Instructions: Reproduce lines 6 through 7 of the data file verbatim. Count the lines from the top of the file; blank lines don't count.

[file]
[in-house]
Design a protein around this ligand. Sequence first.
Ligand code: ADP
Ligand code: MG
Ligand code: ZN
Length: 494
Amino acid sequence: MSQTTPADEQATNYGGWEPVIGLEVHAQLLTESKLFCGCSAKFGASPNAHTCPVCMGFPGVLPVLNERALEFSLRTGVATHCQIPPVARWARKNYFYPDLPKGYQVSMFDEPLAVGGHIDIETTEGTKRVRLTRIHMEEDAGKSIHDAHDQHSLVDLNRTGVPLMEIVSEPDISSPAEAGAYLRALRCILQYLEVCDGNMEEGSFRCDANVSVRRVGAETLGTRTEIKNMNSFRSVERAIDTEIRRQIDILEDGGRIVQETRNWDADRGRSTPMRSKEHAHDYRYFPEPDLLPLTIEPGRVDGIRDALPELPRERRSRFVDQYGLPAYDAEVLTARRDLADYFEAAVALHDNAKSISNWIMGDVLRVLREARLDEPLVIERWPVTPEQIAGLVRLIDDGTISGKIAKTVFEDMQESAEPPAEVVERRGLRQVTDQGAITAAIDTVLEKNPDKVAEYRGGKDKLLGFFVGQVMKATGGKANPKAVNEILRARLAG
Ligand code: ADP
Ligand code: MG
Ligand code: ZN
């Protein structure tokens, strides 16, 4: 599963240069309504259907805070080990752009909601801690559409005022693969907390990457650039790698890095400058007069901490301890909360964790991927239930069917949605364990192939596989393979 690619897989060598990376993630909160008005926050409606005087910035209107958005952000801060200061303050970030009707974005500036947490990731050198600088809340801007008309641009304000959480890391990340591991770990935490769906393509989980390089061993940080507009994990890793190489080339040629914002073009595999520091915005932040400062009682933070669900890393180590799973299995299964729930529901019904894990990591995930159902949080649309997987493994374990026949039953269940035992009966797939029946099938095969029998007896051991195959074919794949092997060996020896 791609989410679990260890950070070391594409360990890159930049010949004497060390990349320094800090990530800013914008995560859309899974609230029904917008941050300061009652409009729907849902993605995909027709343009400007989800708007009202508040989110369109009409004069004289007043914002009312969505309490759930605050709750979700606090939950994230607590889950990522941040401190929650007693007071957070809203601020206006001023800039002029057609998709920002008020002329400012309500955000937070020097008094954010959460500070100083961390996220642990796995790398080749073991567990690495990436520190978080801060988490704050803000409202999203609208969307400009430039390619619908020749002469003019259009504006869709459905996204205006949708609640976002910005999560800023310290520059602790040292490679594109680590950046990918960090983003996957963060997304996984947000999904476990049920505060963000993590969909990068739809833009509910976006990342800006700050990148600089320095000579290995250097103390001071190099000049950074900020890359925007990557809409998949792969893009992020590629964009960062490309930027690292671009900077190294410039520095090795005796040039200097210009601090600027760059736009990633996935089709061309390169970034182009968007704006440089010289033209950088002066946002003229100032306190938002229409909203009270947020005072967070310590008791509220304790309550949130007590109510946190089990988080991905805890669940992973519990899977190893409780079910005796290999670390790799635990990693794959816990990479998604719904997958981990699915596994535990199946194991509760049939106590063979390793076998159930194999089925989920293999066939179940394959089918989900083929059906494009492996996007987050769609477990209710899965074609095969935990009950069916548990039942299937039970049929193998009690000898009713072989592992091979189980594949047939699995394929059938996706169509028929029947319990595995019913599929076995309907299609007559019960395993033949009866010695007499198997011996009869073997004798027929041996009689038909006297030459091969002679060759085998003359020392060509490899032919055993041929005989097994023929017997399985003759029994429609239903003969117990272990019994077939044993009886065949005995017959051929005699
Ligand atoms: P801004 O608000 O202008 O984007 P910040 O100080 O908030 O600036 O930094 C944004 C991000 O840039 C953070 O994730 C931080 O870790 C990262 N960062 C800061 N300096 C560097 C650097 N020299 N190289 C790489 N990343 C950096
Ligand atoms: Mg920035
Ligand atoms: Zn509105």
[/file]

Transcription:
Length: 494
Amino acid sequence: MSQTTPADEQATNYGGWEPVIGLEVHAQLLTESKLFCGCSAKFGASPNAHTCPVCMGFPGVLPVLNERALEFSLRTGVATHCQIPPVARWARKNYFYPDLPKGYQVSMFDEPLAVGGHIDIETTEGTKRVRLTRIHMEEDAGKSIHDAHDQHSLVDLNRTGVPLMEIVSEPDISSPAEAGAYLRALRCILQYLEVCDGNMEEGSFRCDANVSVRRVGAETLGTRTEIKNMNSFRSVERAIDTEIRRQIDILEDGGRIVQETRNWDADRGRSTPMRSKEHAHDYRYFPEPDLLPLTIEPGRVDGIRDALPELPRERRSRFVDQYGLPAYDAEVLTARRDLADYFEAAVALHDNAKSISNWIMGDVLRVLREARLDEPLVIERWPVTPEQIAGLVRLIDDGTISGKIAKTVFEDMQESAEPPAEVVERRGLRQVTDQGAITAAIDTVLEKNPDKVAEYRGGKDKLLGFFVGQVMKATGGKANPKAVNEILRARLAG